Gambia: Jammeh’s ploy to remain in office legally truncated by Supreme Court

The move by outgoing Gambian President Yahya Jammeh to stop the inauguration of the President-elect Adama Barrow suffered a major setback on Monday as the country’s Supreme Court refused to hear the application.

Last Thursday, the country’s ruling Alliance for Patriotic Reorientation and Construction, APRC, filed an application for an interlocutory injunction seeking to stop the inauguration of Mr. Barrow as President on January 19.

In the application signed by its lawyer, Edward Gomez, the APRC is asking the court for an order of interlocutory injunction preventing the chief judge of the country from inaugurating or swearing in Mr. Barrow as the President of The Gambia until the determination of the election petition.

The party also is asking the court for an order “restraining, the President from preparing, arranging, organising, conducting, partaking or participating in any manner or form in the swearing-in and /or inauguration of Adama Barrow as President of the Republic of The Gambia on January 19, 2017.”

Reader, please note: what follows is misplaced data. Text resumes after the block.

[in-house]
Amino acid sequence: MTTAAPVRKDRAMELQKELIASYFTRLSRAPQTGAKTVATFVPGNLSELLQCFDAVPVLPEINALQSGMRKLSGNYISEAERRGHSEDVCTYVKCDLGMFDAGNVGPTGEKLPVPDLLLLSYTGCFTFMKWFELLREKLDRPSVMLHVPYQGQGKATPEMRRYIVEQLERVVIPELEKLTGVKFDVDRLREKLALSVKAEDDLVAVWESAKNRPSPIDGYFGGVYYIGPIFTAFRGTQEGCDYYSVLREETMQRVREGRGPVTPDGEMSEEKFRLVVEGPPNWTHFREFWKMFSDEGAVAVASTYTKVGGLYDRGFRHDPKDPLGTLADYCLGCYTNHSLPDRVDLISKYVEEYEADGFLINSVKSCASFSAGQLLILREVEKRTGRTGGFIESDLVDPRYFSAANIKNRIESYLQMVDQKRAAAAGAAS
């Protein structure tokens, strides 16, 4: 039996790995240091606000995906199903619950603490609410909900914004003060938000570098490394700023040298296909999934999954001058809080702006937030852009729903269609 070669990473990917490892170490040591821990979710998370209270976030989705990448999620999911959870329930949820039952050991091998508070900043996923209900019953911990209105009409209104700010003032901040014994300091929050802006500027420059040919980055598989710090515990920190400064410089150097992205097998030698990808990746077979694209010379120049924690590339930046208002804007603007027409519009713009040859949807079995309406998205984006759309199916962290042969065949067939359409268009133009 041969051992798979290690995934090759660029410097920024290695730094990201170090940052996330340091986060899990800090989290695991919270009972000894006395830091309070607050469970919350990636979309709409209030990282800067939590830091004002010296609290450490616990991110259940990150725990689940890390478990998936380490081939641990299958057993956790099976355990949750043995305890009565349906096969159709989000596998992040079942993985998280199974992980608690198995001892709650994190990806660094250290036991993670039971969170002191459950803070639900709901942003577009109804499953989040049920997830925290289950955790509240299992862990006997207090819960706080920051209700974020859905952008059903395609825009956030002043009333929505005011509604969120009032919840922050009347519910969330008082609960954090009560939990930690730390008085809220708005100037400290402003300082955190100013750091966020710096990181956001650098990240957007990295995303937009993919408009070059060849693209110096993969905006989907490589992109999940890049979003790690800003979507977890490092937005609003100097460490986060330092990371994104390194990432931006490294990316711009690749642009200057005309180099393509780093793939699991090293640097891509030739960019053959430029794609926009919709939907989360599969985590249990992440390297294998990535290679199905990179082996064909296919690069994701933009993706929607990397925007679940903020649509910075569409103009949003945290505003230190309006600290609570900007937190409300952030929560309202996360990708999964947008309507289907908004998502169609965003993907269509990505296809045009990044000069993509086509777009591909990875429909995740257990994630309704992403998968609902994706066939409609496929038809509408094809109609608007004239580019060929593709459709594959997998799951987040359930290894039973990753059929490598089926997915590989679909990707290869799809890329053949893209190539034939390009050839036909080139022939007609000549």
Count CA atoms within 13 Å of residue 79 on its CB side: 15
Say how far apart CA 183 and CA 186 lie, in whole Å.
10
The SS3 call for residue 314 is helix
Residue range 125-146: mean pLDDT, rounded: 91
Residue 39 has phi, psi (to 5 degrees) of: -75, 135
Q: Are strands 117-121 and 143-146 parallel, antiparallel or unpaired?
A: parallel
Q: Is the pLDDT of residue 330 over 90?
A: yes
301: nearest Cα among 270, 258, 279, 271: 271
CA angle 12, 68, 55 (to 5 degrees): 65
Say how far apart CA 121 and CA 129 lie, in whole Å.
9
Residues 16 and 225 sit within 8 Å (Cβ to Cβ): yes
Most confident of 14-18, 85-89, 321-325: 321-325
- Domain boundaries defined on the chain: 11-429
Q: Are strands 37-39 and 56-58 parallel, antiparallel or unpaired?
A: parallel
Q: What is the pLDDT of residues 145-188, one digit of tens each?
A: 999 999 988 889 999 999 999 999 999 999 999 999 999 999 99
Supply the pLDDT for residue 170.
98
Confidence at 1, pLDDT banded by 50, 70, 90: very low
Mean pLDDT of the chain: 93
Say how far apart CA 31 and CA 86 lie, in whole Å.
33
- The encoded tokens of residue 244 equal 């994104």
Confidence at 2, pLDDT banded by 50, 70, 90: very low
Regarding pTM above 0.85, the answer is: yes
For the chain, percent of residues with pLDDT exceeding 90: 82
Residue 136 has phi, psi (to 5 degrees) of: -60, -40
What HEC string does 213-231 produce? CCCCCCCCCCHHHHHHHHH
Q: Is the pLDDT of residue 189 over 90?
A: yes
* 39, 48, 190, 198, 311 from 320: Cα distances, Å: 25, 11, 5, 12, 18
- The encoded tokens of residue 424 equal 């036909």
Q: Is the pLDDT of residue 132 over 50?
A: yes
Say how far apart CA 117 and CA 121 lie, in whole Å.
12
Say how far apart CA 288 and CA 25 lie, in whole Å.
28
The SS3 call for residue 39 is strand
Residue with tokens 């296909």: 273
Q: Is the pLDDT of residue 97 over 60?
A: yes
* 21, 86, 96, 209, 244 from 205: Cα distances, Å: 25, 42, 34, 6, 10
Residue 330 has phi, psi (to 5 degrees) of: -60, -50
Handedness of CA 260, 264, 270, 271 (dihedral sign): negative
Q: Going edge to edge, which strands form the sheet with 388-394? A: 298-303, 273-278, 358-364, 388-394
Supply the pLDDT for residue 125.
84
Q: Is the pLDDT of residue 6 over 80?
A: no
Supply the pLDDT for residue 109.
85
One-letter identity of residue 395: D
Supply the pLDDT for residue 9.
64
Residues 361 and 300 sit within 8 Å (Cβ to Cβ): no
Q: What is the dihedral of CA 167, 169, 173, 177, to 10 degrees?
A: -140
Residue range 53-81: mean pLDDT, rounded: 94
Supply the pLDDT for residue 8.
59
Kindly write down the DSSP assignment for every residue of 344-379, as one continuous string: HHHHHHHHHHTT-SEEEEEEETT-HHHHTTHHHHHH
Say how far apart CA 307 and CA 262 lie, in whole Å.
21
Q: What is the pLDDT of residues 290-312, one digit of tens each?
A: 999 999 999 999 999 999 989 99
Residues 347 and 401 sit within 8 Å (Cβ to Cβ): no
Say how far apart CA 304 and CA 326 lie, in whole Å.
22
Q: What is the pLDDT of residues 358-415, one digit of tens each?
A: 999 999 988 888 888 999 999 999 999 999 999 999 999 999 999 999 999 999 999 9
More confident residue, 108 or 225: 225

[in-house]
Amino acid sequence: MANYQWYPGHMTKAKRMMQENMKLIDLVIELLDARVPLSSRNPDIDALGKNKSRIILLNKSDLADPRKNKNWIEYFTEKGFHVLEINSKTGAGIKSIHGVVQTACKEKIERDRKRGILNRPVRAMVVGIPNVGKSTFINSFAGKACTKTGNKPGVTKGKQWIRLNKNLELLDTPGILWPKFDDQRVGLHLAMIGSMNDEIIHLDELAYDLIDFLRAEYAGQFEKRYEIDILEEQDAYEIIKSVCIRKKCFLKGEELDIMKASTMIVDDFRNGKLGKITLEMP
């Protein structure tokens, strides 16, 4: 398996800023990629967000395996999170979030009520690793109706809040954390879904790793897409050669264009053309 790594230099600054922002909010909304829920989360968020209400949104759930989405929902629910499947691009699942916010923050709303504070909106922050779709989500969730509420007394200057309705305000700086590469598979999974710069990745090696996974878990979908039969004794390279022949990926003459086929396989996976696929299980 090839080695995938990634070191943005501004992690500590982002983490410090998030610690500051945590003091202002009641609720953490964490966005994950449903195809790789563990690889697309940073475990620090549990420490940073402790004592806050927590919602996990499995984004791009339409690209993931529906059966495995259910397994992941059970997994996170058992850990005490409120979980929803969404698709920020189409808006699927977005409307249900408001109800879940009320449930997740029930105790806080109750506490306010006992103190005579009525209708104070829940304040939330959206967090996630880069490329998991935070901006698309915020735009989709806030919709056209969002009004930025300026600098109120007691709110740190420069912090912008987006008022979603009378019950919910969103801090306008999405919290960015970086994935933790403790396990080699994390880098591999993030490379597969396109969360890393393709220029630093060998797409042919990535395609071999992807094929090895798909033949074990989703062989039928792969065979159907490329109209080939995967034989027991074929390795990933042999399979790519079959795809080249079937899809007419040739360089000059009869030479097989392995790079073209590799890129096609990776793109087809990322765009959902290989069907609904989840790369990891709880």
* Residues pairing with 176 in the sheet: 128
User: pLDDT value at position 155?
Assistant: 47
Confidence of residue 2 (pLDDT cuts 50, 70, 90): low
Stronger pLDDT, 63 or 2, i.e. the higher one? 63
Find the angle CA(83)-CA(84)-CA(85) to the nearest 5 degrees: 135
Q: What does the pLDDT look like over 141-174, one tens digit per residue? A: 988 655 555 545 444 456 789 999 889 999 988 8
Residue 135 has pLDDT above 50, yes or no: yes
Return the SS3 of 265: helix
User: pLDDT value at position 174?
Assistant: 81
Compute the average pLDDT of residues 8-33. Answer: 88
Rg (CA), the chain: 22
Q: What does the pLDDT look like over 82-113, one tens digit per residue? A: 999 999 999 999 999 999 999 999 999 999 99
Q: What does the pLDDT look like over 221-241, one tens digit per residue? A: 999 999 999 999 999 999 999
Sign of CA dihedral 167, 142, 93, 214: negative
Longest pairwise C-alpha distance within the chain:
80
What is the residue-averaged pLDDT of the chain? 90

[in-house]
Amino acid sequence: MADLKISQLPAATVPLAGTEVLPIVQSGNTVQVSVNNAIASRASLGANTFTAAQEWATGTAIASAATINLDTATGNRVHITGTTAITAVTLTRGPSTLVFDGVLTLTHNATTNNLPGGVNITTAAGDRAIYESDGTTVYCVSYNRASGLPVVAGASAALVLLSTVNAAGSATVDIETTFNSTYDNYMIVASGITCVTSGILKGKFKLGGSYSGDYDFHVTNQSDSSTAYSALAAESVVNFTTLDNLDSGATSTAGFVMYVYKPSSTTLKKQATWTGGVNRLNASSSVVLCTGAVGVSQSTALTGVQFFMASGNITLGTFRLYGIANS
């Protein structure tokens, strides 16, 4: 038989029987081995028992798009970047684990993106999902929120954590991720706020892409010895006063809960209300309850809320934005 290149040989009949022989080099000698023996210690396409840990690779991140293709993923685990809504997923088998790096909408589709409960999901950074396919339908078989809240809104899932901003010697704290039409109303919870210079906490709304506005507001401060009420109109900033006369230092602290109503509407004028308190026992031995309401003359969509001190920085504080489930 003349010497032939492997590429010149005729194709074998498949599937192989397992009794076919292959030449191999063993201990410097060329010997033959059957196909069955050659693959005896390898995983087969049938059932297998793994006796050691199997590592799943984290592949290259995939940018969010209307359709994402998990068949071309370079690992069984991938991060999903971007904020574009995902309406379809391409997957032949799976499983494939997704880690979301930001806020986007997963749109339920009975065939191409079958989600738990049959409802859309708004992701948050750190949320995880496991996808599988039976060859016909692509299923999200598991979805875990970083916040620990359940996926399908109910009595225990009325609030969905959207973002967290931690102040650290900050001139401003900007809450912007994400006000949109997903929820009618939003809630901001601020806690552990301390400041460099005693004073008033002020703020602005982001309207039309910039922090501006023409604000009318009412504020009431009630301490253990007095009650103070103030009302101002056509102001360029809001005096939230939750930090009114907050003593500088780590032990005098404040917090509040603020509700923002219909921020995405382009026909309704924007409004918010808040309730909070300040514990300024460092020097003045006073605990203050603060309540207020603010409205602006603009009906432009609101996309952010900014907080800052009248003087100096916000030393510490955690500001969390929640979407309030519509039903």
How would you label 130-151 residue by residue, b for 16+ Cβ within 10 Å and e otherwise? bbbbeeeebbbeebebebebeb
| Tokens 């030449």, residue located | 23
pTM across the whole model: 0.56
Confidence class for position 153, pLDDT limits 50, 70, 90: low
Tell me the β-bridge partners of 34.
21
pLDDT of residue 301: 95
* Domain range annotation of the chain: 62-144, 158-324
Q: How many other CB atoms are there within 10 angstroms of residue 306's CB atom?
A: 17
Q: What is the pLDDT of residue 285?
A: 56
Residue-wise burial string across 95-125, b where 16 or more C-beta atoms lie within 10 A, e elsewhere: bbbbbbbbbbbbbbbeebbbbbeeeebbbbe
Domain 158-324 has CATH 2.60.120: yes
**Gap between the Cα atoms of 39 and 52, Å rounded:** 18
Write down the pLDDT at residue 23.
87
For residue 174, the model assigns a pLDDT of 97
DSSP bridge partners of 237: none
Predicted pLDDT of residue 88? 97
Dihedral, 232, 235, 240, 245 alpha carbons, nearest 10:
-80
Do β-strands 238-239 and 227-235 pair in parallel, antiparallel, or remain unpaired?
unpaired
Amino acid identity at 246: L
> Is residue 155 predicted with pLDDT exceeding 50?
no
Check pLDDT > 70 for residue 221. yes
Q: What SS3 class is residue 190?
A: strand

The APRC further prayed the court for an order restraining the country’s National Assembly, its members and any organ of government from partaking in the inauguration of Mr. Barrow.

Lastly, the party prayed the court for an order stopping Mr. Barrow from presenting himself to the country’s Chief Judge or judiciary to be sworn-in as president of The Gambia.

But on Monday, the country’s chief judge, Emmanuel Fagbenle, a Nigerian, declined to grant the prayers requested by the APRC, which would have effectively extended the tenure of the country’s President Yahya Jammeh.

The court refused to consider the application on the ground that the application listed the Chief Judge, who is the only Supreme Court Judge at the moment, as a party in the application.

Mr. Fagbenle therefore stated that he could not give an order against himself.

He said he would remove himself from the suit in the interest of fairness. He then adjourned the election petition until the court is fully constituted.
Politics 8469187414623315784

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